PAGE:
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One Ingredient Natural Laundry Detergent

It’s no secret that store-bought laundry detergent contains ingredients that aren’t great for the environment and our bodies.  From sulfates to dioxanes to fragrances, conventional laundry detergents are sudsing up a toxic soup in your washing machine.

If you have sensitive skin it complicates the problem of conventional laundry detergent even further. Exposure to some brands of laundry detergent will aggravate eczema and other skin conditions. But, even the unscented detergents have less-than-desirable ingredients.

That’s one reason I turned to making my own laundry detergent many years ago. The other reason? Well, homemade laundry detergent saves money, making it a perfect choice for us frugal-minded mamas.

But, what about all that time spent mixing up a batch of homemade laundry detergent? And what about storing it?

There’s got to be an easier way, right?

Yes! I discovered a one-ingredient natural laundry detergent that will save time and money. Oh, and storage hassles.

Read on to find out more.

Pin This Tip For LaterEasy Homemade Laundry Detergent

My Easy Homemade Laundry Soap Solution

I was happy with my multi-ingredient homemade laundry detergent recipe for years. Then, when I went to work outside of the home for a few years, I found making my own laundry detergent to be too time-consuming.

I needed a natural laundry detergent solution that was fast, easy to use, and uncomplicated.  I wanted to avoid having to mix up or “cook” the ingredients myself and I didn’t want to have special instructions for my then 12-year-old, 10-year-old old, and 8-year-old homeschooled sons, who did their own laundry.

When I searched for a solution to my homemade laundry detergent problem, I found these:


What are these crazy-looking things, you ask?  These are soap berries, or soap nuts as they are also called.  They are the simplest form of natural laundry detergent that you’ll find.

Wait! What Exactly Are Soap Berries?

Soap berries come from shrubs and trees in the Lychee family.  The soap berries are the fruit of these shrubs and trees and happen to make a great soap.  They’ve been used for centuries in Asia for washing and are also used in Ayurvedic remedies.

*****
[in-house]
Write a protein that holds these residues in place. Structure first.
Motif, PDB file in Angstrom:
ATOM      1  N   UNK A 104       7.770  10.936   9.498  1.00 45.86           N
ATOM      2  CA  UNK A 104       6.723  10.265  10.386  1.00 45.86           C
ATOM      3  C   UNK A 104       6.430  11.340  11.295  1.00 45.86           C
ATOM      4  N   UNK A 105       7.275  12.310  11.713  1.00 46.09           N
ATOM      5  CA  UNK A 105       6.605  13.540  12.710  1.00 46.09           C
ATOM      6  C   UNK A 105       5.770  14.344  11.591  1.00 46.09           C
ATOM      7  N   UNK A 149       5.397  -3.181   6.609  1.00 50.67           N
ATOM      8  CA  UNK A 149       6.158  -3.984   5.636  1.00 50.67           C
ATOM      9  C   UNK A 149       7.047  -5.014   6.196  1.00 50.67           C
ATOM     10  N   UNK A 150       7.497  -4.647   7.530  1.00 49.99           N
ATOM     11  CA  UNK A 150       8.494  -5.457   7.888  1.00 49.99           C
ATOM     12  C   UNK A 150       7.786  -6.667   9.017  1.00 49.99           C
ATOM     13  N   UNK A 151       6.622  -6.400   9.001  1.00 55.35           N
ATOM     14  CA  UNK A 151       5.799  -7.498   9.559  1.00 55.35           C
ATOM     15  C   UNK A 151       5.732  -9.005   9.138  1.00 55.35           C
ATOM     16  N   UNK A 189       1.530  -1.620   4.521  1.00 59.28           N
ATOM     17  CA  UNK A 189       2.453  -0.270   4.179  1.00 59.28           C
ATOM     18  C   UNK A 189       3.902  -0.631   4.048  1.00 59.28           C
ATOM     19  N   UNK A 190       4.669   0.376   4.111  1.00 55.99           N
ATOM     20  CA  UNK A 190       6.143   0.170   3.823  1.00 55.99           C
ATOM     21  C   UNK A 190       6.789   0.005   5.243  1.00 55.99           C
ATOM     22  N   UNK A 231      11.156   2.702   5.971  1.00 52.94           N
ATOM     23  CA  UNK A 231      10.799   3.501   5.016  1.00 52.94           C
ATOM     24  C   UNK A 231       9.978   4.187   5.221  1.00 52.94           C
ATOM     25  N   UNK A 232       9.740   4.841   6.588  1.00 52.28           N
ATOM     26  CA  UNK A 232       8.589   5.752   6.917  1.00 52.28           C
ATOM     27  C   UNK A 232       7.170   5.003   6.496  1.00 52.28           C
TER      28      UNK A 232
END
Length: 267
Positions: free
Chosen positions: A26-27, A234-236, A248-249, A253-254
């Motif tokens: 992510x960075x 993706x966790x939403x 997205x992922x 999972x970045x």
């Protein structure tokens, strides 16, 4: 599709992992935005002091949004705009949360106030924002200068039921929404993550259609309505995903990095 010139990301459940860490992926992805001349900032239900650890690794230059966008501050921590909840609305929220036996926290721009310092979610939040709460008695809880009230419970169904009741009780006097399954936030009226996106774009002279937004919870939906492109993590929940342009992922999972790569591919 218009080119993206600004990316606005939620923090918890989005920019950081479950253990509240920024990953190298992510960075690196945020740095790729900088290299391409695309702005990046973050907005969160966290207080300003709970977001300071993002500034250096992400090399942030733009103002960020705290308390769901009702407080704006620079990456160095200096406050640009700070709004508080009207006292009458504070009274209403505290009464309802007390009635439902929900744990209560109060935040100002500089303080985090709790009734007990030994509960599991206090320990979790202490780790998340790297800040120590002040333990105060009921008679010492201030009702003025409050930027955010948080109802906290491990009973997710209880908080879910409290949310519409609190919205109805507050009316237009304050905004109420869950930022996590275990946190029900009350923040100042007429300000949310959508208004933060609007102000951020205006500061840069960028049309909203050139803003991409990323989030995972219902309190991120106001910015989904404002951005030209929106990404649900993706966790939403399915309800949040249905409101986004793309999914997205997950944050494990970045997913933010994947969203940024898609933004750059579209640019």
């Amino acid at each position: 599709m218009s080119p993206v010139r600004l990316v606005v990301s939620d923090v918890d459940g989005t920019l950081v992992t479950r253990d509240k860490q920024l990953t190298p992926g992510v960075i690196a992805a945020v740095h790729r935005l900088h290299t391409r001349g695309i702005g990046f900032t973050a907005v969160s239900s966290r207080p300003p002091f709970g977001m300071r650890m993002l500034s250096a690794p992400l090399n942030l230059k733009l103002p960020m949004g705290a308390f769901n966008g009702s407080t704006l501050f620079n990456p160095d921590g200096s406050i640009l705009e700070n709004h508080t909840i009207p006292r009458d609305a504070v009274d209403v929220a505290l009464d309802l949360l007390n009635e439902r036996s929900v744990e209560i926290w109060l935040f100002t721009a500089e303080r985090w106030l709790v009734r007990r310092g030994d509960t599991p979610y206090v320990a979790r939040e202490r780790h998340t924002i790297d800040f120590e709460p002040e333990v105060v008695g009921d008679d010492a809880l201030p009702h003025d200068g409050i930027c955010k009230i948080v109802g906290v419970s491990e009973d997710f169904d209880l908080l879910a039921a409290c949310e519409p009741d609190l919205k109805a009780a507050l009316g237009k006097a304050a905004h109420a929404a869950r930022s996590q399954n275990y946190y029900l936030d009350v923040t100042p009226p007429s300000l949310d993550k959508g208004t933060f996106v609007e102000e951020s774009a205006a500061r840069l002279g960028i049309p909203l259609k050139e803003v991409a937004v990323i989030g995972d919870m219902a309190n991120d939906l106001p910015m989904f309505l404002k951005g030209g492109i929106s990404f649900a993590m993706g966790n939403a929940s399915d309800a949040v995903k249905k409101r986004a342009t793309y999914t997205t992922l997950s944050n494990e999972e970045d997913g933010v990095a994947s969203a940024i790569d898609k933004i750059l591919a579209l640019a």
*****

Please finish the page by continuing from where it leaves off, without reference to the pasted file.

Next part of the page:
They have a faint vinegar smell, but they don’t make clothes smell like vinegar.  They suds up in the washer and rinse cleanly away, leaving no residue.

How to Use Soap Nuts Directly in the Washing Machine

The soap nuts I buy come with little muslin bags included.  To use the soap nuts for laundry, I place 5-6 of them in a muslin bag and throw them in the washing machine with my laundry.

I also like to add essential oils to naturally enhance the cleaning and the smell of the laundry.  (My favorites are Purification, Citrus Fresh and Joy.)  That’s it!  Simple, easy and natural!

How Long Do Soap Nuts Last?

Soap nuts are a frugal laundry solution because you can use the same 5-6 soap nuts for 5-6 regular loads of laundry.

A one-pound bag of soap nuts will last over 200 loads.

You should remove the soap nuts before drying the clothes, but I’ve accidentally tossed mine in the dryer more times than I can count with no issues.

If you wash in cold water, soak the soap nuts in hot water for five minutes before using them to activate the saponification.

If you’ve got tough stains, add Borax as needed.

How to Make Homemade Liquid Laundry Detergent with Soap Nuts

When I have more time, I like to put four muslin bags full (about 20-24 soap nuts) in a large pot of water (about 5 gallons) and let them simmer for an hour or so. (The soap nuts turn a greyish color when they’ve had all of the “soap” removed from them.)

Then I add 3 tsp of salt per gallon of water to help preserve the detergent for longer. I add about 5 drops of essential oils per gallon of water, as well, for a light, fresh scent.

I store the homemade laundry detergent in large glass jars. I use about a cup of detergent per regular load.

Natural Alternative to Dryer Sheets

Hey, before you go, be sure to check out my natural alternative to dryer sheets. It’s a frugal, reusable option that reduces static cling and drying time.

Here’s to keeping laundry simple, natural, and frugal! Win, win, win.

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